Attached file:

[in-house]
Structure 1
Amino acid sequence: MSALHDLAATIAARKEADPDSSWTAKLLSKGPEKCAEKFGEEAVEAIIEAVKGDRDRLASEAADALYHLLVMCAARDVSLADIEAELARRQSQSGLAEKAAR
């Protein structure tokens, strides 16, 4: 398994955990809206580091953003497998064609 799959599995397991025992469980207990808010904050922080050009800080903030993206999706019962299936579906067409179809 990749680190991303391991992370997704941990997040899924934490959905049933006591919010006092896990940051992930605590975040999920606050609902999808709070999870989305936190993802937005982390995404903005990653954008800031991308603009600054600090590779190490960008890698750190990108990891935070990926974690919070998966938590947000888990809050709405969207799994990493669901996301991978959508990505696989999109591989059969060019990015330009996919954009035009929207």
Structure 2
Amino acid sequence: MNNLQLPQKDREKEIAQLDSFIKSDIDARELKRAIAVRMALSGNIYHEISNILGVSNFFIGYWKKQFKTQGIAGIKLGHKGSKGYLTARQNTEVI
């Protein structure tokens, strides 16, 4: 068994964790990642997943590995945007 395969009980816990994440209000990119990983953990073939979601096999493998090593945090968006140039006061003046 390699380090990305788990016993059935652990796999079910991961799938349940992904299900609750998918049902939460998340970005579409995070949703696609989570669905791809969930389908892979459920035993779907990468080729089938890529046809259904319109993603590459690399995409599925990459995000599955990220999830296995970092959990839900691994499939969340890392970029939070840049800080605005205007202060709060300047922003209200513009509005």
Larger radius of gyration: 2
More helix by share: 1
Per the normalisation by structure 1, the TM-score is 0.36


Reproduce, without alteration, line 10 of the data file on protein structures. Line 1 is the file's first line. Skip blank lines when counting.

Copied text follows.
Per the normalisation by structure 1, the TM-score is 0.36